Game of Thrones season 7: More people watched episodes illegally than legally

The numbers have been labelled 'staggering' and 'totally unprecedented'

Aatif Sulleyman
Wednesday 06 September 2017 13:52

Game of Thrones season seven has been pirated more than a billion times.

That’s according to new figures from piracy data monitoring firm MUSO, which, astonishingly, adds that illegal views of the latest season eclipsed legal views.

MUSO has labelled the numbers “staggering” and “totally unprecedented”.

As of 3 September, Game of Thrones season seven episodes had been pirated 1,029,787,668.

The opening episode, Dragonstone, has attracted the largest number of illegal viewers, with episode six just behind it. MUSO’s numbers are as follows:

  • Episode one: 187,427,575
  • Episode two: 123,901,209
  • Episode three: 116,027,851
  • Episode four: 121,719,868
  • Episode five: 151,569,560
  • Episode six: 184,913,279
  • Episode seven: 143,393,804
  • All-episode bundles: 834,522

“With official figures for legal channels estimated to average 31 million viewers per episode, these figures show that piracy eclipsed legal viewings,” the company says.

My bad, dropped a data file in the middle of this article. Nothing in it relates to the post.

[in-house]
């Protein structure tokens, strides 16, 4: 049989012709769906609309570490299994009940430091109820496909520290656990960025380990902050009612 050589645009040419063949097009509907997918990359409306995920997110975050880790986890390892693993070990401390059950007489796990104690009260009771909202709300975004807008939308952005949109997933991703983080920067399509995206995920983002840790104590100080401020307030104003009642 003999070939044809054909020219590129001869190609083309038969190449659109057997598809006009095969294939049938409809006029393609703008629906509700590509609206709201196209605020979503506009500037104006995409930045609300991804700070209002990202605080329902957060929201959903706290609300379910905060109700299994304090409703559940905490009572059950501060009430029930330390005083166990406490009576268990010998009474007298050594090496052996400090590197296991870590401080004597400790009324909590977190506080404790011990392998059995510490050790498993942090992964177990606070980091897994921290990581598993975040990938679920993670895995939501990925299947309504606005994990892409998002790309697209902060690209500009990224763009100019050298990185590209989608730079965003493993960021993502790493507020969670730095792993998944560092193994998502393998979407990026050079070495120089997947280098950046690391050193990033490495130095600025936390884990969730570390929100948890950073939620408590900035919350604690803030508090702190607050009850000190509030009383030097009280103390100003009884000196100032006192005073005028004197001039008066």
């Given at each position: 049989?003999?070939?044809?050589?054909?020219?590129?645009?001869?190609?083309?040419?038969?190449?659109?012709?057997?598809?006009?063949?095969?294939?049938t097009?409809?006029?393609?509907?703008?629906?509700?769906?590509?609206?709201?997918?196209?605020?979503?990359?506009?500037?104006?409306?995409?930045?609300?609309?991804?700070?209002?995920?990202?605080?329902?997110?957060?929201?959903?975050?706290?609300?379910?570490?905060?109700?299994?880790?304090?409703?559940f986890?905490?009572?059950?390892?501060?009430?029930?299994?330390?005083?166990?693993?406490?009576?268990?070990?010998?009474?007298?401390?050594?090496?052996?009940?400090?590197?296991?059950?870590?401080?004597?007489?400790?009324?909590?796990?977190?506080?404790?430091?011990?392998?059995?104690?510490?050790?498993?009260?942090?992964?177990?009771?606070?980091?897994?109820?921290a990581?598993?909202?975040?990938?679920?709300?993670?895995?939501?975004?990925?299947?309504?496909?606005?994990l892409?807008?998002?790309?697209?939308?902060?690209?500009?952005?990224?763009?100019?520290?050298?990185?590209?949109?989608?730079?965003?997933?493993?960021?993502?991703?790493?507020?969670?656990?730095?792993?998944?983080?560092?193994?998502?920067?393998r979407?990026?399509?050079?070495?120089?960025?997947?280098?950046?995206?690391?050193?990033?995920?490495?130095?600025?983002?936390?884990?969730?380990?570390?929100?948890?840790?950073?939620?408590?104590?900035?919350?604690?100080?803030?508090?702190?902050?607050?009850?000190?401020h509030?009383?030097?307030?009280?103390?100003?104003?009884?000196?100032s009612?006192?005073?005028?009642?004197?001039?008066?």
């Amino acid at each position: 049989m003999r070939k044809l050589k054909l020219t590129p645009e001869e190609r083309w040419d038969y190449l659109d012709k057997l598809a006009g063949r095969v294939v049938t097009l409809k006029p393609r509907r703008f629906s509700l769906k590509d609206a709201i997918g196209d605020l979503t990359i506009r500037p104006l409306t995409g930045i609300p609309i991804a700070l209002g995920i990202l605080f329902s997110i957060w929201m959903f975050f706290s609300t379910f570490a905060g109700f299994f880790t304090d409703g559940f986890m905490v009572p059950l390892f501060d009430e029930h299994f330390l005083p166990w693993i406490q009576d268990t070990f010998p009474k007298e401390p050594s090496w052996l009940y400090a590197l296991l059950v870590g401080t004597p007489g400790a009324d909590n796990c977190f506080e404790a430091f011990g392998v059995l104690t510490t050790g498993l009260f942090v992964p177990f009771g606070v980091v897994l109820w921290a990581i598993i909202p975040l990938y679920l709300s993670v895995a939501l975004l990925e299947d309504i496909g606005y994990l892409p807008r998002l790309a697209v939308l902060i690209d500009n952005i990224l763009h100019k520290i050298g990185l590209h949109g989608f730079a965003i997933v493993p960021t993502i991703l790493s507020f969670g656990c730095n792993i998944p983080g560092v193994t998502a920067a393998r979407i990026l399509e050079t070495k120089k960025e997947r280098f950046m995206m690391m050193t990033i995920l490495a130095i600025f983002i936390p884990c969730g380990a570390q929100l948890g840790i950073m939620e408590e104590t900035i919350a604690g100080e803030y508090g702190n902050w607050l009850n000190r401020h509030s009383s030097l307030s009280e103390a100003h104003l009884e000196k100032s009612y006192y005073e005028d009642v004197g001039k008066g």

Pirate streams have proven a lot more popular than torrents and downloads, accounting for 85 per cent of the 1,029,787,668 illegal views.

Torrents (9.12 per cent), downloads (5.59 per cent) and private torrents (0.63 per cent) were a long way behind.

The season seven premiere was downloaded and streamed more than 90 million times within the first 72 hours of broadcast, while the finale attracted more than more than 120 million illegal views in the same amount of time.

Episode six proved surprisingly popular because it was accidentally leaked four days early by HBO España and HBO Nordic.

Though the episode was quickly taken down, the damage had already done and people had posted it to torrent sites.

Game of Thrones has become one of the biggest global entertainment phenomena of today and activity across piracy networks has been totally unprecedented,” said Andy Chatterley, the co-founder and CEO of MUSO.

“It's no secret that HBO has been plagued by security breaches throughout the latest season, which has seen some episodes leak before broadcast and added to unlicensed activity. In addition to the scale of piracy when it comes to popular shows, these numbers demonstrate that unlicensed streaming can be a far more significant type of piracy than torrent downloads.”

He added: “It's time to acknowledge this audience, we should view this as an opportunity to understand the bigger picture.”

Join our new commenting forum

Join thought-provoking conversations, follow other Independent readers and see their replies

View comments